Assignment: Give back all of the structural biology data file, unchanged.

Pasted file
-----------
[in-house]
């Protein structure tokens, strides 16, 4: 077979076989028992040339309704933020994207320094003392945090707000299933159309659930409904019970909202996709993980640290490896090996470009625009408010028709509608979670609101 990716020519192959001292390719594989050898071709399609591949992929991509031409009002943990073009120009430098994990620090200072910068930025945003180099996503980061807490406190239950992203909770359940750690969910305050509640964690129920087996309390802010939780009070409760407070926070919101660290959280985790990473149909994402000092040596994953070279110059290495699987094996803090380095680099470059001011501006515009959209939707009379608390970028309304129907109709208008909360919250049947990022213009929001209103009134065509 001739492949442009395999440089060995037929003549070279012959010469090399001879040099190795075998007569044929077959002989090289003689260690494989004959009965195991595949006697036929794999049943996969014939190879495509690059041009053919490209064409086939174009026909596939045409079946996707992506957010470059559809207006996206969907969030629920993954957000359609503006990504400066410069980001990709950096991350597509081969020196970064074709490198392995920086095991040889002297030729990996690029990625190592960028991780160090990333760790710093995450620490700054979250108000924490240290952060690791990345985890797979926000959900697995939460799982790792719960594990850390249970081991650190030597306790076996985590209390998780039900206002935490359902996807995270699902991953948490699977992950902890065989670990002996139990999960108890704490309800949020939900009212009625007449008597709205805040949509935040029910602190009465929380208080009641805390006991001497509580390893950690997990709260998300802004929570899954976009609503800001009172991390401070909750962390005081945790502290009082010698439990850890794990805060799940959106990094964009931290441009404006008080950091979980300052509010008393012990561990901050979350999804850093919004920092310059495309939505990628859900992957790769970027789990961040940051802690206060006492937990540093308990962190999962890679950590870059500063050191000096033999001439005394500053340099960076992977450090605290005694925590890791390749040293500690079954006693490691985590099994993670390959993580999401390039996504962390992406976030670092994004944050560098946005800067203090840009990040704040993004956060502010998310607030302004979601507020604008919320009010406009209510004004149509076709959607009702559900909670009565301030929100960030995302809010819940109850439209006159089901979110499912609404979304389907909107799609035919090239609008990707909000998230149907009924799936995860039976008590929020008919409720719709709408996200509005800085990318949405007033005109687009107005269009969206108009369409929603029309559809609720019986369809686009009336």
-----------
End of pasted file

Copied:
[in-house]
């Protein structure tokens, strides 16, 4: 077979076989028992040339309704933020994207320094003392945090707000299933159309659930409904019970909202996709993980640290490896090996470009625009408010028709509608979670609101 990716020519192959001292390719594989050898071709399609591949992929991509031409009002943990073009120009430098994990620090200072910068930025945003180099996503980061807490406190239950992203909770359940750690969910305050509640964690129920087996309390802010939780009070409760407070926070919101660290959280985790990473149909994402000092040596994953070279110059290495699987094996803090380095680099470059001011501006515009959209939707009379608390970028309304129907109709208008909360919250049947990022213009929001209103009134065509 001739492949442009395999440089060995037929003549070279012959010469090399001879040099190795075998007569044929077959002989090289003689260690494989004959009965195991595949006697036929794999049943996969014939190879495509690059041009053919490209064409086939174009026909596939045409079946996707992506957010470059559809207006996206969907969030629920993954957000359609503006990504400066410069980001990709950096991350597509081969020196970064074709490198392995920086095991040889002297030729990996690029990625190592960028991780160090990333760790710093995450620490700054979250108000924490240290952060690791990345985890797979926000959900697995939460799982790792719960594990850390249970081991650190030597306790076996985590209390998780039900206002935490359902996807995270699902991953948490699977992950902890065989670990002996139990999960108890704490309800949020939900009212009625007449008597709205805040949509935040029910602190009465929380208080009641805390006991001497509580390893950690997990709260998300802004929570899954976009609503800001009172991390401070909750962390005081945790502290009082010698439990850890794990805060799940959106990094964009931290441009404006008080950091979980300052509010008393012990561990901050979350999804850093919004920092310059495309939505990628859900992957790769970027789990961040940051802690206060006492937990540093308990962190999962890679950590870059500063050191000096033999001439005394500053340099960076992977450090605290005694925590890791390749040293500690079954006693490691985590099994993670390959993580999401390039996504962390992406976030670092994004944050560098946005800067203090840009990040704040993004956060502010998310607030302004979601507020604008919320009010406009209510004004149509076709959607009702559900909670009565301030929100960030995302809010819940109850439209006159089901979110499912609404979304389907909107799609035919090239609008990707909000998230149907009924799936995860039976008590929020008919409720719709709408996200509005800085990318949405007033005109687009107005269009969206108009369409929603029309559809609720019986369809686009009336």